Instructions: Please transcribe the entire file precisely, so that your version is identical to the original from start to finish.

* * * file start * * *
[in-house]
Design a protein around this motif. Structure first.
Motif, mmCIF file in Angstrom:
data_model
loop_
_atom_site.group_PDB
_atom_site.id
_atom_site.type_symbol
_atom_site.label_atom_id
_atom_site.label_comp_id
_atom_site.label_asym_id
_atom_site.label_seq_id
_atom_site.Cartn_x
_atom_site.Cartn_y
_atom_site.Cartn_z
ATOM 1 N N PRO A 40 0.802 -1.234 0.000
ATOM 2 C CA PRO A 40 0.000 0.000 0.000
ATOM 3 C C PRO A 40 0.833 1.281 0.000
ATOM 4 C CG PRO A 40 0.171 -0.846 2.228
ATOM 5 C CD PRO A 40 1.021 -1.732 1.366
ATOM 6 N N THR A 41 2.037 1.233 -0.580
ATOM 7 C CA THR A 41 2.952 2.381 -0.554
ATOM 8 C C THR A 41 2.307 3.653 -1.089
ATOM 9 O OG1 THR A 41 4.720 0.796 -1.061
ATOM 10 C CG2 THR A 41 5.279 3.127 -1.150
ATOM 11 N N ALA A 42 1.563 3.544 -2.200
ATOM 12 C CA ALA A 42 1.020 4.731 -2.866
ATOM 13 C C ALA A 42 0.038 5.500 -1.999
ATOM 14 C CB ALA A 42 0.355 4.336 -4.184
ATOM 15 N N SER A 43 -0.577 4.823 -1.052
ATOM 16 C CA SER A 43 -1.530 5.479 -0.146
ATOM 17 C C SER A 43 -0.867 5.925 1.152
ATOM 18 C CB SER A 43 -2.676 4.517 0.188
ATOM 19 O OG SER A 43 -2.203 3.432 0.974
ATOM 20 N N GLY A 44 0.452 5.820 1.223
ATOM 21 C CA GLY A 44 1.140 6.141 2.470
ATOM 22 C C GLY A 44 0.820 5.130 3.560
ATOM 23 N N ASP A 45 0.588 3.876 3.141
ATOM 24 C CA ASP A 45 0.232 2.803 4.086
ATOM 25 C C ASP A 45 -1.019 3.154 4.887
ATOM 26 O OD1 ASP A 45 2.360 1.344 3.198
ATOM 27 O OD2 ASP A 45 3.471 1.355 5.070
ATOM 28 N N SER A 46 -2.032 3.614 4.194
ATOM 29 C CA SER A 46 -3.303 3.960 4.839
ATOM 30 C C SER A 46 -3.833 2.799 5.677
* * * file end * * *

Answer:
[in-house]
Design a protein around this motif. Structure first.
Motif, mmCIF file in Angstrom:
data_model
loop_
_atom_site.group_PDB
_atom_site.id
_atom_site.type_symbol
_atom_site.label_atom_id
_atom_site.label_comp_id
_atom_site.label_asym_id
_atom_site.label_seq_id
_atom_site.Cartn_x
_atom_site.Cartn_y
_atom_site.Cartn_z
ATOM 1 N N PRO A 40 0.802 -1.234 0.000
ATOM 2 C CA PRO A 40 0.000 0.000 0.000
ATOM 3 C C PRO A 40 0.833 1.281 0.000
ATOM 4 C CG PRO A 40 0.171 -0.846 2.228
ATOM 5 C CD PRO A 40 1.021 -1.732 1.366
ATOM 6 N N THR A 41 2.037 1.233 -0.580
ATOM 7 C CA THR A 41 2.952 2.381 -0.554
ATOM 8 C C THR A 41 2.307 3.653 -1.089
ATOM 9 O OG1 THR A 41 4.720 0.796 -1.061
ATOM 10 C CG2 THR A 41 5.279 3.127 -1.150
ATOM 11 N N ALA A 42 1.563 3.544 -2.200
ATOM 12 C CA ALA A 42 1.020 4.731 -2.866
ATOM 13 C C ALA A 42 0.038 5.500 -1.999
ATOM 14 C CB ALA A 42 0.355 4.336 -4.184
ATOM 15 N N SER A 43 -0.577 4.823 -1.052
ATOM 16 C CA SER A 43 -1.530 5.479 -0.146
ATOM 17 C C SER A 43 -0.867 5.925 1.152
ATOM 18 C CB SER A 43 -2.676 4.517 0.188
ATOM 19 O OG SER A 43 -2.203 3.432 0.974
ATOM 20 N N GLY A 44 0.452 5.820 1.223
ATOM 21 C CA GLY A 44 1.140 6.141 2.470
ATOM 22 C C GLY A 44 0.820 5.130 3.560
ATOM 23 N N ASP A 45 0.588 3.876 3.141
ATOM 24 C CA ASP A 45 0.232 2.803 4.086
ATOM 25 C C ASP A 45 -1.019 3.154 4.887
ATOM 26 O OD1 ASP A 45 2.360 1.344 3.198
ATOM 27 O OD2 ASP A 45 3.471 1.355 5.070
ATOM 28 N N SER A 46 -2.032 3.614 4.194
ATOM 29 C CA SER A 46 -3.303 3.960 4.839
ATOM 30 C C SER A 46 -3.833 2.799 5.677